Dunno if I agree with the complexity of the game. I think it's a piece of cake compared to a lot of wargames out there. But perhaps I've played it too much to look at it from a beginners point of view.
It is heavily supply focused, a great deal of the game involves managing and tracking supply, which is physically moved around the map. This is much less effort than you might think.
It is relatively straight forward compared to tactical games, but it is still heavy. The biggest hurdle to learning OCS is overcoming the sheer mind boggling depth that comes from a large scale and three dimensional supply system.
It provided almost unparalleled historic feel and very deep game play. The sides feel very different to play, but this is accomplished very subtlety without the heavy hand of game mechanics being apparent (largely through force organization).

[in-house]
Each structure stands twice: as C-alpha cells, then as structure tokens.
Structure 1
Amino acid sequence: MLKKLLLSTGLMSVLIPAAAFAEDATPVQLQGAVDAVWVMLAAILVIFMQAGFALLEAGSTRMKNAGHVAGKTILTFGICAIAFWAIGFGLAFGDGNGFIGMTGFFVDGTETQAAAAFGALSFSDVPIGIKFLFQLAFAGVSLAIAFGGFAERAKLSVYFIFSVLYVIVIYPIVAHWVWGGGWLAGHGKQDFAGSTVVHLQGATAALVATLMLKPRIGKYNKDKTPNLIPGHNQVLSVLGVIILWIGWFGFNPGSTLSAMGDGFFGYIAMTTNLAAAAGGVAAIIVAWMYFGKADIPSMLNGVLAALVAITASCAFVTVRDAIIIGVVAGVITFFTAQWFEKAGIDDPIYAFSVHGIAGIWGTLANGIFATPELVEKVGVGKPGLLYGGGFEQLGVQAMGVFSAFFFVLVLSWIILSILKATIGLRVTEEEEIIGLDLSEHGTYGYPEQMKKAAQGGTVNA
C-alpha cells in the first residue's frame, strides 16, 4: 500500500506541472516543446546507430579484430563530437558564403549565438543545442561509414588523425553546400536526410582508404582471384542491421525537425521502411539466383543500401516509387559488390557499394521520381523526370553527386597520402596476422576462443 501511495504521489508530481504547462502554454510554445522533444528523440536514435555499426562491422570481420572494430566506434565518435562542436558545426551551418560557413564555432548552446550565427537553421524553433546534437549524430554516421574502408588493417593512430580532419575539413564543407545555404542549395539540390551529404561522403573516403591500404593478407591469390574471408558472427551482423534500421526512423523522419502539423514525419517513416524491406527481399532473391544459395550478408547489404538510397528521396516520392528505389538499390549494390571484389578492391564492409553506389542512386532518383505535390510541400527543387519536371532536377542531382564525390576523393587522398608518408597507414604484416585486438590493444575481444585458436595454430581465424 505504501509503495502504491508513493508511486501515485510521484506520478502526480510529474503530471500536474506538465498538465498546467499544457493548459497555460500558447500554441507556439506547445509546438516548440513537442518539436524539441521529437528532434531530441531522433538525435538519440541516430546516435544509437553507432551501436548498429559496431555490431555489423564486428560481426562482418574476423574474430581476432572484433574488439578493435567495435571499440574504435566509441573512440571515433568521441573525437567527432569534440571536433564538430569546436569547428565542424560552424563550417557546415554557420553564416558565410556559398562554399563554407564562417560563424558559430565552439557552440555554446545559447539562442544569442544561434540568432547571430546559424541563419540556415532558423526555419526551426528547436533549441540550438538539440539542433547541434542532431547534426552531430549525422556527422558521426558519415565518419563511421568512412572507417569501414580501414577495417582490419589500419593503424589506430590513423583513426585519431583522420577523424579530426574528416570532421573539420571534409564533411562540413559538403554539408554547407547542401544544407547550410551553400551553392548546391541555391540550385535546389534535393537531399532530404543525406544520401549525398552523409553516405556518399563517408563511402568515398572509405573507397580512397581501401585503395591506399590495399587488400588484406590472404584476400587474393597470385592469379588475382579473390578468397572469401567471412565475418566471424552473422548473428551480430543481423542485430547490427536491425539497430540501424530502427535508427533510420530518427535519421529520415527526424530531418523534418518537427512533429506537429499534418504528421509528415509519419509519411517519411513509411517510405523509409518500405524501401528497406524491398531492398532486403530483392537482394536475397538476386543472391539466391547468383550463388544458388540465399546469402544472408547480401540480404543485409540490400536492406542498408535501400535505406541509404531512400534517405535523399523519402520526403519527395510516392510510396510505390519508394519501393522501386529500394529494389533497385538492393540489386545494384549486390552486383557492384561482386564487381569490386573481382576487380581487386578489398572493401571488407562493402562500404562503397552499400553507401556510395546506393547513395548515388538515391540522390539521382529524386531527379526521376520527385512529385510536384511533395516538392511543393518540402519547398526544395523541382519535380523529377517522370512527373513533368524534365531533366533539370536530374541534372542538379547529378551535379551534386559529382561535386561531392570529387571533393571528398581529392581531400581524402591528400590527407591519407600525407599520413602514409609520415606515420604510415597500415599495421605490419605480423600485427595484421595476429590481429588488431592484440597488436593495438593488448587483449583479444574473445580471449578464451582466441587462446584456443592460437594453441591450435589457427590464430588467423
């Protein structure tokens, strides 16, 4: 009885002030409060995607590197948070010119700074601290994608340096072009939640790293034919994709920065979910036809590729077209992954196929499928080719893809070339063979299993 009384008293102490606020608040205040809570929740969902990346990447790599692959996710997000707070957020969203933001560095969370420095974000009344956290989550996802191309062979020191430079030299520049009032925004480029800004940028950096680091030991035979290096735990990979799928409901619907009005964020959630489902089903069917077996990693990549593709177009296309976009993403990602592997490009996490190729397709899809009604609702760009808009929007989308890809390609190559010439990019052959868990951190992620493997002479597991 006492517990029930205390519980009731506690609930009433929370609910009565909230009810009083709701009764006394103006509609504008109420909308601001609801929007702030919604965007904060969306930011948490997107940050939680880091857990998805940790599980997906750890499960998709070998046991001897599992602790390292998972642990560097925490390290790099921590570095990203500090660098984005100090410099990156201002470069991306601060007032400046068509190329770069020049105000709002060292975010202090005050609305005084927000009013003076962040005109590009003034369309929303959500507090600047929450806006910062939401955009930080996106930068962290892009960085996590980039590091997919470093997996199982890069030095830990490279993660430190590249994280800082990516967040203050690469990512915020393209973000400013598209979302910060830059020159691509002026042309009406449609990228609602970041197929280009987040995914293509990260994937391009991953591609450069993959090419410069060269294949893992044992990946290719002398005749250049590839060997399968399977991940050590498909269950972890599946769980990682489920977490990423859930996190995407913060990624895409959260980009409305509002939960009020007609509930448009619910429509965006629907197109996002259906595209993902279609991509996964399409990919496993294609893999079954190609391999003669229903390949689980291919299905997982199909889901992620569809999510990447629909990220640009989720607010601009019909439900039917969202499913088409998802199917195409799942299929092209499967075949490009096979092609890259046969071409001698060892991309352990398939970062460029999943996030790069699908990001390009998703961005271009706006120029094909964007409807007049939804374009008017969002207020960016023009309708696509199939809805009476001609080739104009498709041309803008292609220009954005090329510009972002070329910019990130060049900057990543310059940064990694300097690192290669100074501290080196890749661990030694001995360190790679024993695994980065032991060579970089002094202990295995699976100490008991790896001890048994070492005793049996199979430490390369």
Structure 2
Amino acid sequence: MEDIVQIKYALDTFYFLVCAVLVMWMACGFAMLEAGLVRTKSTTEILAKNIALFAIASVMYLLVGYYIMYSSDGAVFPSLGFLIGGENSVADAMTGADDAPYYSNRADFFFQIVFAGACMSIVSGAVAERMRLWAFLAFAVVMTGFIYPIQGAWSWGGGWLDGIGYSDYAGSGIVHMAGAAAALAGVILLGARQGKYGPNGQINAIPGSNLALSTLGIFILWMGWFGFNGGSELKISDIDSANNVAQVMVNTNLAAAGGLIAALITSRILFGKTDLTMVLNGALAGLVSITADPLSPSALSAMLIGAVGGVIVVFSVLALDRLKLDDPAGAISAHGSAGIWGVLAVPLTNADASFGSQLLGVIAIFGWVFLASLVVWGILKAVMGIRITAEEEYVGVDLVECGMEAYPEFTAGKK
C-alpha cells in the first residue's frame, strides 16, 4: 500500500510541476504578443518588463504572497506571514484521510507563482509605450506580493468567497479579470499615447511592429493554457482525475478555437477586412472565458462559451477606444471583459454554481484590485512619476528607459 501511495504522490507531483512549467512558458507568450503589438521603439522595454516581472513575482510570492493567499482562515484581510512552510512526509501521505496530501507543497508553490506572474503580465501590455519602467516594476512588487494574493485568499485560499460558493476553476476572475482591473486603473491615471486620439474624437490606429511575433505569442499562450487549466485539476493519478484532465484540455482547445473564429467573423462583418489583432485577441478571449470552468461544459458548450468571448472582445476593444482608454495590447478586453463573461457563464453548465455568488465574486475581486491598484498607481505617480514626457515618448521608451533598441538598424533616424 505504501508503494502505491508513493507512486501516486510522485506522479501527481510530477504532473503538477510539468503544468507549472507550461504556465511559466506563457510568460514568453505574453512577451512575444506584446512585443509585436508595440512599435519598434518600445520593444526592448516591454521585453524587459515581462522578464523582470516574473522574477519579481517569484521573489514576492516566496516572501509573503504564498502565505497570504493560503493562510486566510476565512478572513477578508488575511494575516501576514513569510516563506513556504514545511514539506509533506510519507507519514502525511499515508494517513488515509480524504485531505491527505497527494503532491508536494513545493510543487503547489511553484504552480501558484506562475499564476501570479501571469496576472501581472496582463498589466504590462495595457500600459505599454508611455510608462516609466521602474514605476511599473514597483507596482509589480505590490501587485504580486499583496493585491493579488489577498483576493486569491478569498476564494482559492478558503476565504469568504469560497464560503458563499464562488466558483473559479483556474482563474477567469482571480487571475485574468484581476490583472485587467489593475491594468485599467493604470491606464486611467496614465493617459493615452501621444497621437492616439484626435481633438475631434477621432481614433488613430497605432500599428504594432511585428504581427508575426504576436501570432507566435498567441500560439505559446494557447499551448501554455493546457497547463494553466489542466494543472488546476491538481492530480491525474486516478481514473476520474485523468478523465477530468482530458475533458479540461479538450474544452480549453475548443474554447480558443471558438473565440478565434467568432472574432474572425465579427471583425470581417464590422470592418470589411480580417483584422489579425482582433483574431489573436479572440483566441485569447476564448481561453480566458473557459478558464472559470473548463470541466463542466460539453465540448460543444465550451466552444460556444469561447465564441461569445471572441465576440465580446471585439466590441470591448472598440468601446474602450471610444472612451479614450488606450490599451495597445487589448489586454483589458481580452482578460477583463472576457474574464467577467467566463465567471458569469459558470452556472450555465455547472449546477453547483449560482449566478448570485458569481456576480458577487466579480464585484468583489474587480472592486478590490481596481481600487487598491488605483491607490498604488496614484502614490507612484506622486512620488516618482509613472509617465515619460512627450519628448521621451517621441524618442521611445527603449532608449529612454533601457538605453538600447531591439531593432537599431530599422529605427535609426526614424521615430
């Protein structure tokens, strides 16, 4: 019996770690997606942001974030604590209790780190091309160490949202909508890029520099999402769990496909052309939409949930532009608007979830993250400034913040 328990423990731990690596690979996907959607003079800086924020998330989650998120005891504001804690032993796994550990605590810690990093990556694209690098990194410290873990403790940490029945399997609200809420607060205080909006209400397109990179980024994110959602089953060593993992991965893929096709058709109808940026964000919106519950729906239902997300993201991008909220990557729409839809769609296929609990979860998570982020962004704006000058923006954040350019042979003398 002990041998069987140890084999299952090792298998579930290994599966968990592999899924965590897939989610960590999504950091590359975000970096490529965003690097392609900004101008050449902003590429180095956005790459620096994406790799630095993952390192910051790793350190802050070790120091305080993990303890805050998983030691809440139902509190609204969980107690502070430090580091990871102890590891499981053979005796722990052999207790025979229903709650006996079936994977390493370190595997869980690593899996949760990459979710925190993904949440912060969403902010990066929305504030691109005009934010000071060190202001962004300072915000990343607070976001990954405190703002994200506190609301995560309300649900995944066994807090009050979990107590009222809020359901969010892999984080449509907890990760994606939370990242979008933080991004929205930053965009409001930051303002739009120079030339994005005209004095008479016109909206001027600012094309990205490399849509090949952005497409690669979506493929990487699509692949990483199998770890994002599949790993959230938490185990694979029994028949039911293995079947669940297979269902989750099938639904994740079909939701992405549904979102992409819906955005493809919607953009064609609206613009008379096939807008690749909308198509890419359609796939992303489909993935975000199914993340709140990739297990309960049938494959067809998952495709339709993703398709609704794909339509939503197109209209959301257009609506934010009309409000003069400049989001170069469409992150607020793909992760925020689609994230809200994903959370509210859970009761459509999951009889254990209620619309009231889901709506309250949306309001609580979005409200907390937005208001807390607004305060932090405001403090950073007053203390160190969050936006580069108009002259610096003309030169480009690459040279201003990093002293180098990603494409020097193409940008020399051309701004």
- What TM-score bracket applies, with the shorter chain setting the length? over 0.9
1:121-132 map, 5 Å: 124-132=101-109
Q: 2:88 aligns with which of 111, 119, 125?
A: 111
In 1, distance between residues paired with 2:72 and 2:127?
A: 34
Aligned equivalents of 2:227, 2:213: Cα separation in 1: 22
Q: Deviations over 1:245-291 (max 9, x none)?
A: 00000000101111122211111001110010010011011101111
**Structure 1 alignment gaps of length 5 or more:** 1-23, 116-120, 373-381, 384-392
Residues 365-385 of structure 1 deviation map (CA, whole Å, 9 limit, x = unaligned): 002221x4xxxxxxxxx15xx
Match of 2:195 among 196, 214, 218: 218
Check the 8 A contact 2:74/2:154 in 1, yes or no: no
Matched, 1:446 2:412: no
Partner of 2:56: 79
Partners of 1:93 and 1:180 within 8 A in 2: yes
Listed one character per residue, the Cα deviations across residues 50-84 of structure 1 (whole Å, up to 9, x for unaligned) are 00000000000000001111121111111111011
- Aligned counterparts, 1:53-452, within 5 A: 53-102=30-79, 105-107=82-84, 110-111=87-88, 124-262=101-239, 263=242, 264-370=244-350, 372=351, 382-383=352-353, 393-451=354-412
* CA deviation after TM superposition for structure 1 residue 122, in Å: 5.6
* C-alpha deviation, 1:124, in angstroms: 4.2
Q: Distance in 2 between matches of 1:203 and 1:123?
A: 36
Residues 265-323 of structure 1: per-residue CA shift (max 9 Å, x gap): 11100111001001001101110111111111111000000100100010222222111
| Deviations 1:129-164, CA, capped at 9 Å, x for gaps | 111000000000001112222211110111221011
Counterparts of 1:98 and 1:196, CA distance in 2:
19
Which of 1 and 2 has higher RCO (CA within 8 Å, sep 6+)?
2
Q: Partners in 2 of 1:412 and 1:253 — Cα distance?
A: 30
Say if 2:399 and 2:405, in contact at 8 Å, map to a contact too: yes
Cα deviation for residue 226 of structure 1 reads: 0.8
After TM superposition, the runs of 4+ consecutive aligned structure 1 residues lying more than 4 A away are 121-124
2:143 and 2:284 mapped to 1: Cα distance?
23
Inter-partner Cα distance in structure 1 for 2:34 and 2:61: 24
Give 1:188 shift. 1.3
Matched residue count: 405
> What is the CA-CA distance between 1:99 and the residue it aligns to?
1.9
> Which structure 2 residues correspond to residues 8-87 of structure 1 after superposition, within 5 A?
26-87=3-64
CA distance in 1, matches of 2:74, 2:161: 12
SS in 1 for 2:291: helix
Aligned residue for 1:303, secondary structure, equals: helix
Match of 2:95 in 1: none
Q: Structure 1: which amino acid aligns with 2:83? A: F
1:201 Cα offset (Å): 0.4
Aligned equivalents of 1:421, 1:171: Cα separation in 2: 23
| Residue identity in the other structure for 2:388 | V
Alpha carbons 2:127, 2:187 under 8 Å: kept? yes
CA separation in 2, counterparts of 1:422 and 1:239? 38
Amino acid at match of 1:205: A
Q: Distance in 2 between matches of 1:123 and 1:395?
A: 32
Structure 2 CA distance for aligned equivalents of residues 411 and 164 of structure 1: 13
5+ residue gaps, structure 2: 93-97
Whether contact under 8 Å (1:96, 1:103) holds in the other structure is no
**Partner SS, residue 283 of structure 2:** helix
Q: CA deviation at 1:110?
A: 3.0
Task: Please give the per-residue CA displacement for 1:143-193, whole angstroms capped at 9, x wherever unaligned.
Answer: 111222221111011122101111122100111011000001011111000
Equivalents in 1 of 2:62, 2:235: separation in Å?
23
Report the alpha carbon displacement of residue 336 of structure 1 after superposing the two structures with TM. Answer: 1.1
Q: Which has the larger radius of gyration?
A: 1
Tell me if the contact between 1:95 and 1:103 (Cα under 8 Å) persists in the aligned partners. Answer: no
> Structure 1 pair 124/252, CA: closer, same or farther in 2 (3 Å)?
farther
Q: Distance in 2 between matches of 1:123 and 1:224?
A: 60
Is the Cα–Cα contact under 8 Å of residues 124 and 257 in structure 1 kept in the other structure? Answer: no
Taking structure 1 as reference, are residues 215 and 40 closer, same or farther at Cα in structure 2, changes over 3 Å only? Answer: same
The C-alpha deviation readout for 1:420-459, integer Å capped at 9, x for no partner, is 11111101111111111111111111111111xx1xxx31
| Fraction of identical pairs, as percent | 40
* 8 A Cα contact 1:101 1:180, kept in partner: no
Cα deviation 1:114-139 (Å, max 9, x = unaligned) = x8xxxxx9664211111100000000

Baltic gap more specifically is a heavily Asymmetric game, the Germans lack supplies and men, but the fighting takes place in heavy terrain and they have some excellent units. Despite the overwhelming superiority in numbers the Russian, there is opportunity for german counter attack and the result is a tense game, where both sides have to watch their moves.
Baltic gap features several very innovative mechanics in addition to OCS's wonderful arsenal of mechanics. In particular there is a catch up mechanism and a cool VP timetable adding yet another layer of decision making.
When I release my podcast hopefully in a few weeks about OCS and baltic gap I'll give more, but I wanted to fill in a few details.